Signs Of Spring In Rookery Wood

The things I do. Yesterday’s twilight with its magnificent post-storm sky had me standing on the cabin bed in my study and resting my camera on the open rooflight. If I use lots of zoom I can spy on the rooks in the wood on Sytche Lane.  At this time of year there’s much to watch. For one thing they are making some serious extensions to their old nests.

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For another, now is the time when the more spectacular ‘fly pasts’ begin. There seem to be two modes. The first kind involves a sudden outburst in the rookery (there are jackdaws in the wood too). For no apparent reason all the roosting birds whoosh out over the meadow, bowl around in a swirling mass and then return to the trees as if nothing had happened. The second kind is a much bigger production and usually happens around sunset or shortly afterwards. It seems to be about a gathering in of rook cohorts from the four quarters, a reconfirmation of rookery membership perhaps (?) –  this after their day’s foraging around the fields.

As they return to the rookery so the aerial dance begins: sometimes high above Townsend Meadow, at others in high-speed mass swoops at ground level. It is very exhilarating. And perhaps that’s it. The display is an expression of rookish joi de vivre. And why not? If I were selling my house, I would say the view of rooks from the study rooflight is a very particular asset, though maybe not for the ornithophobic or anyone with a tendency to vertigo.

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Spiky Squares #18

copyright 2019 Tish Farrell

41 thoughts on “Signs Of Spring In Rookery Wood

  1. I really enjoyed this because it took me back to my time in Crickhowell, Wales where my first flat overlooked the old castle tump. I enjoyed the rooks and jackdaws morning and evening….I love the noise they make. Enjoy your week. Janet 🙂

  2. We have no rooks (that I know of) in the States. I’m not very adoring fan of crows due to their unmelodious cawing and carrying on for lengthy intervals. However, you have brought in a bit of fairytale romance with your pics.

    1. You’re right, the ‘song’ or rooks and crows is rather raucous, and I actually think the rooks in our wood cackle all night, but then corvids are the brains of bird world. Every bird must have its day 🙂

  3. Much enjoyed your story of the rookeries, lovely to watch their behaviour isn’t it. Recently I watched them courting on a roof in the neighbourhood, at least that’s what I thought was going on. Amazing birds.

  4. What fun, although any signs of spring would be welcome. I walked in the park this morning and although there was frost on the ground, the red-winged blackbirds are back, making quite a noise, and there are bits of green grass popping up in spots. Hurrah!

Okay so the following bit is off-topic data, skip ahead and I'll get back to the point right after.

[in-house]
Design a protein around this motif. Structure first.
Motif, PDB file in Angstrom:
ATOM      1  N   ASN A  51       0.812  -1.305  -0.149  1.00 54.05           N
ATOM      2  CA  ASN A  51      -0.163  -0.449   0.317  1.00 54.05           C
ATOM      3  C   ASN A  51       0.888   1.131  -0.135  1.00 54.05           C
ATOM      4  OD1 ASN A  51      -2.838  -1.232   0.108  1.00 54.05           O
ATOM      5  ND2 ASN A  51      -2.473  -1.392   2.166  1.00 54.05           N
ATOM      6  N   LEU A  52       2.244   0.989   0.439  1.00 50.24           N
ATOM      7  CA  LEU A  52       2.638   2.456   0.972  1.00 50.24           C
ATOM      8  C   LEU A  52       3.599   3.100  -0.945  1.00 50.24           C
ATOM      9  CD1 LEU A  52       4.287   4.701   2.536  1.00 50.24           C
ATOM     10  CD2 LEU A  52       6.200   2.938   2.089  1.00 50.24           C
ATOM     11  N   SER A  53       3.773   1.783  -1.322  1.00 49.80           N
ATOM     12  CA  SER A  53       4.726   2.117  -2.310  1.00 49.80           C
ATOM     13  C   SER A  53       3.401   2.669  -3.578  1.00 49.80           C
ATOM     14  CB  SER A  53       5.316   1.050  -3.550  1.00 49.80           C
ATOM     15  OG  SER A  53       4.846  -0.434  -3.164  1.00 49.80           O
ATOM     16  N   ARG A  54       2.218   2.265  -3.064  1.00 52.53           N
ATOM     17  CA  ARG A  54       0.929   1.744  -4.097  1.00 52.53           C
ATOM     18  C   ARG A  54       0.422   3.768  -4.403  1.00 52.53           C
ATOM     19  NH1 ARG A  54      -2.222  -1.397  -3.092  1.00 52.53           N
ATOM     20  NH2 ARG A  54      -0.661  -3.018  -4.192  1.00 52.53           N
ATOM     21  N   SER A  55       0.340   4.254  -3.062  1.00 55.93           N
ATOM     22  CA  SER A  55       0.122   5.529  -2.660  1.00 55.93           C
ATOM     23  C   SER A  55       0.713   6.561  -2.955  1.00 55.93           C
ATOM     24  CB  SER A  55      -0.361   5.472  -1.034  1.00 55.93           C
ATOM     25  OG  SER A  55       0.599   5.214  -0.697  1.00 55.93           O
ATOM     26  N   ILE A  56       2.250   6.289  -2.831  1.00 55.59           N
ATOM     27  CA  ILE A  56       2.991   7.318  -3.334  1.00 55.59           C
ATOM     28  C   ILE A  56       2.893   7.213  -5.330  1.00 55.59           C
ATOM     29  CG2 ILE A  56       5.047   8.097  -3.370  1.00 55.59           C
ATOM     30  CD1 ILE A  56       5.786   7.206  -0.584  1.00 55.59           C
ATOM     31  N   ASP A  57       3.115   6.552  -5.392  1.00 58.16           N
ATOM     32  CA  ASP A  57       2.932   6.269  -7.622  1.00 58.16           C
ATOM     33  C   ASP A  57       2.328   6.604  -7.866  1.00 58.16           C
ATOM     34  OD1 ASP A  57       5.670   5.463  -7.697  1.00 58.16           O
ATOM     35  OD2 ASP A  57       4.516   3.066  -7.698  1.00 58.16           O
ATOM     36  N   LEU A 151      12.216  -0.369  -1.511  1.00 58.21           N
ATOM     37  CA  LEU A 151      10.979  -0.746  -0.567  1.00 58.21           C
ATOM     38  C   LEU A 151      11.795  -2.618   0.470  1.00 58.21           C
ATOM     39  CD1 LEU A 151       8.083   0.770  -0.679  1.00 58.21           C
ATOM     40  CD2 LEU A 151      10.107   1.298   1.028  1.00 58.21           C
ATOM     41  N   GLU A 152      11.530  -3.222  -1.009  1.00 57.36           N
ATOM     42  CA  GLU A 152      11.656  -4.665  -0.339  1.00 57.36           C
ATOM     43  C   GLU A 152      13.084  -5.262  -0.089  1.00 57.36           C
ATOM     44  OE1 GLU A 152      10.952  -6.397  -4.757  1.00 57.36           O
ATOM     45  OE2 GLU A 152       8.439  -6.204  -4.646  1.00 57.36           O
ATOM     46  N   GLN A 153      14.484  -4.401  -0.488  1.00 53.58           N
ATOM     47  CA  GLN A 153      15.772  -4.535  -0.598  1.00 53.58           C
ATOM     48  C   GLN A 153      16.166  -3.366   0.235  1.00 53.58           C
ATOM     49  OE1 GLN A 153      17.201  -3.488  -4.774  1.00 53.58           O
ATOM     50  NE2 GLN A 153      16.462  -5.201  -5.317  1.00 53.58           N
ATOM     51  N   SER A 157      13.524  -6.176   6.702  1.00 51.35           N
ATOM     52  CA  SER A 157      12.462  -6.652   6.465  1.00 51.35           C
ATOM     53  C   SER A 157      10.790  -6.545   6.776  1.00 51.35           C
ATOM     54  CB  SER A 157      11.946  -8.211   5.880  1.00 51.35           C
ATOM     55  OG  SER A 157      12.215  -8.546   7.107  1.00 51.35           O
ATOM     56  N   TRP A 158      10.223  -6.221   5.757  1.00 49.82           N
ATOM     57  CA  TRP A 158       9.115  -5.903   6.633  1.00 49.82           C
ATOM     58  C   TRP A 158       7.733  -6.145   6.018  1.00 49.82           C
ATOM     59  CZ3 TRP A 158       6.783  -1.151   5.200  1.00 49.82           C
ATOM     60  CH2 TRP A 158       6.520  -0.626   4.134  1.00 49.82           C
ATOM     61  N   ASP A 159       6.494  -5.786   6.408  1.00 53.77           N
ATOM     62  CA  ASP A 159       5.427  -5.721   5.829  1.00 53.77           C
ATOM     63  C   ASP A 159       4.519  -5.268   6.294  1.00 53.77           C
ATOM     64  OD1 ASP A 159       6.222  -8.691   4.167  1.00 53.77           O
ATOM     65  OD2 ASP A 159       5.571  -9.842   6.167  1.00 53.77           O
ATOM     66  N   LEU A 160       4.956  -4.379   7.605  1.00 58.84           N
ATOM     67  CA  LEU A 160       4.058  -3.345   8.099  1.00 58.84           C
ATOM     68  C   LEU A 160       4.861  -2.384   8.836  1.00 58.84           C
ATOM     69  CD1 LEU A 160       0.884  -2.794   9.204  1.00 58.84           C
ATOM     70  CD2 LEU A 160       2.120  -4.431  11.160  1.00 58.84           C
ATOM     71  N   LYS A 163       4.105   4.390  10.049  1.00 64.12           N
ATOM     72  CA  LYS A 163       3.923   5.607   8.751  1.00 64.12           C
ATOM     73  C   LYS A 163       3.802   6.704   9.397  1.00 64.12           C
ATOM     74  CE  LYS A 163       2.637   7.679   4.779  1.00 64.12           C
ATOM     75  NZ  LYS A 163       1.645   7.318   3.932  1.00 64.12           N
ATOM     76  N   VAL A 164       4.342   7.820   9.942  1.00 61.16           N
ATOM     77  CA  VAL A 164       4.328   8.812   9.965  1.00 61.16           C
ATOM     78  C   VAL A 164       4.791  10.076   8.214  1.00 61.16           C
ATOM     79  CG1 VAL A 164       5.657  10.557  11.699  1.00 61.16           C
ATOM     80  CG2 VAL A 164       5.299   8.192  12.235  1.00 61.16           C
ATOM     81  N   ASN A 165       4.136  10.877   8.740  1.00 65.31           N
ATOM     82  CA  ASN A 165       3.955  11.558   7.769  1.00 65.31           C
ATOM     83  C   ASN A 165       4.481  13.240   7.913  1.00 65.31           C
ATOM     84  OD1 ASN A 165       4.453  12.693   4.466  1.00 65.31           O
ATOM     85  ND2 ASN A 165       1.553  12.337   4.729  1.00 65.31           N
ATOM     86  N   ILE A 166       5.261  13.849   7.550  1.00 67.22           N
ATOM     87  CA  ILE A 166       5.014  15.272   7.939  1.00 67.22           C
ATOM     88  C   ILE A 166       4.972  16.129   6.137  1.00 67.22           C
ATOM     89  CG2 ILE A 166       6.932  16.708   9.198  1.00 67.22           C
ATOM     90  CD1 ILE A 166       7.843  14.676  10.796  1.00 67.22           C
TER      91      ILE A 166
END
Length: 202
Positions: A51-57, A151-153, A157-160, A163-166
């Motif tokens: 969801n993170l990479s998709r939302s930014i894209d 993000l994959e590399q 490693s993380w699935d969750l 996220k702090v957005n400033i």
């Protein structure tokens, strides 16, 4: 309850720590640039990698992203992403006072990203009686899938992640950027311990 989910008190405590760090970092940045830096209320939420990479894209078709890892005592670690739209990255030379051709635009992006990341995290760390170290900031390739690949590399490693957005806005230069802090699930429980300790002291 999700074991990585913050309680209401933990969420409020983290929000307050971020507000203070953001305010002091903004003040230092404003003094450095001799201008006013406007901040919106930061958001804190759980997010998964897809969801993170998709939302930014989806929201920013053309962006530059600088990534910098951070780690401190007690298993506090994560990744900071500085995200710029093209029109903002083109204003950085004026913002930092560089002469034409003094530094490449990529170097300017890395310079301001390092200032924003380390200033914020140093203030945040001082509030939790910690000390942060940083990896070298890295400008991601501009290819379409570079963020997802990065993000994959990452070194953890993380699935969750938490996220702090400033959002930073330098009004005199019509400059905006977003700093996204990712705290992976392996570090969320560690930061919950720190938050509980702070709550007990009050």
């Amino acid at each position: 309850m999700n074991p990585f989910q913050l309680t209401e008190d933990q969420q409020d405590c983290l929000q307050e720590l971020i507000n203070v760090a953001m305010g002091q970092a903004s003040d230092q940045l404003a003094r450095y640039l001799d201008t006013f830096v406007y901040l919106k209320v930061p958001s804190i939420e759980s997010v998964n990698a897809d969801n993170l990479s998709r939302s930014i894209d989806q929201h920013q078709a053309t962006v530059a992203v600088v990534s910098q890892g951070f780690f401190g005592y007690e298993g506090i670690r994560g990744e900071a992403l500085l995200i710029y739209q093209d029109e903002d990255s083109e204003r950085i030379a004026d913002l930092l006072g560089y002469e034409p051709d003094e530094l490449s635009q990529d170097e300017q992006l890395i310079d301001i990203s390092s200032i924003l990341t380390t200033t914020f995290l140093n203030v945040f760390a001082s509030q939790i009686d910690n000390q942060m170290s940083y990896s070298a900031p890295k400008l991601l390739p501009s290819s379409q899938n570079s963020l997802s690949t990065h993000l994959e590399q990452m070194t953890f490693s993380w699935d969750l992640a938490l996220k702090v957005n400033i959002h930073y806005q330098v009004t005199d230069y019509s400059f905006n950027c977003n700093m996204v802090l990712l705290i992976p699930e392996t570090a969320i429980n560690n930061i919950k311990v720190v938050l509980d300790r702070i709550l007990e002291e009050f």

janet

  5. It’s not just over Townsend Meadow, you know! There was much flurrying and flapping over the rooftops here this morning. I was focusing on some lovely dark pink blossom and they kept whooshing past, but I never quite caught them 🙂 🙂 I’ll have to come and teeter-totter on your bed!

  6. Hello Tish, thank you for following me, nice to meet you.
    It was lovely reading this post! The Rooks & Jackdaws seem to be doing exactly the same in our village. They’re fascinating to watch & comical in some ways, as they repeat the same patterns you describe, when they take off en masse, then settle, usually, on one of three chosen trees, jockeying for position. However, nest building is getting more frantic now, so the noise will definitely increase soon! It’s a wonderful privilege to be able to watch them. Your advantage point sounds fantastic, what a bonus!

      1. Thank you very much for your kind encouragement, Tish, very much appreciated. It’s all very new, but I’m sure I’ll get used to it, & enjoy connecting with such a friendly community.
        My husband, Trev, showed me your post about Brampton Bryan, a while back, which was an excellent read, & most interesting, so I know you’re familiar with this part of the world. This area does inspire me every day, I feel very lucky indeed!

    1. I agree!! Can watch a rookery for ages . . . . .in too minds though about having one too near the house though. Tad loud at times, and there’s no volume switch!

  7. A flock of seagulls was whirling and crying overhead this morning in a right state. Most unusual. I looked for a buzzard as that always causes the birds to fly in chaos, but couldn’t see one. Watching the birds is always enjoyable, even the garden birds are back today after last week’s windy weather.

    1. There’s a very huge amount of very good things to be said for the presence of birds – apart from the pigeons at the allotment that is. In which case they are usually v. rude ones.

  8. “For no apparent reason all the roosting birds whoosh out over the meadow, bowl around in a swirling mass and then return to the trees as if nothing had happened”.

    I’ve seen other birds do that and it’s spectacular to watch. This week I saw a very large flock of Canada Geese doing their own version of that sky dance … something I’d never seen geese do before!
    “Joie de vivre” really is the only way to describe it. I like to think it is a dance of joy.

    1. It’s a good notion, Joanne – dances of joy. Something we humans have perhaps forgotten was once an important part of the year’s seasons, those tonic moments of pure gratitude and exuberance that help to build comradeship and resilience for harder times.

      1. Beautifully said, Tish.

        Now I feel this overwhelming urge to go outside and dance in the moonlight 😉
        … but it’s -5C right now so I’ll resist the impulse!

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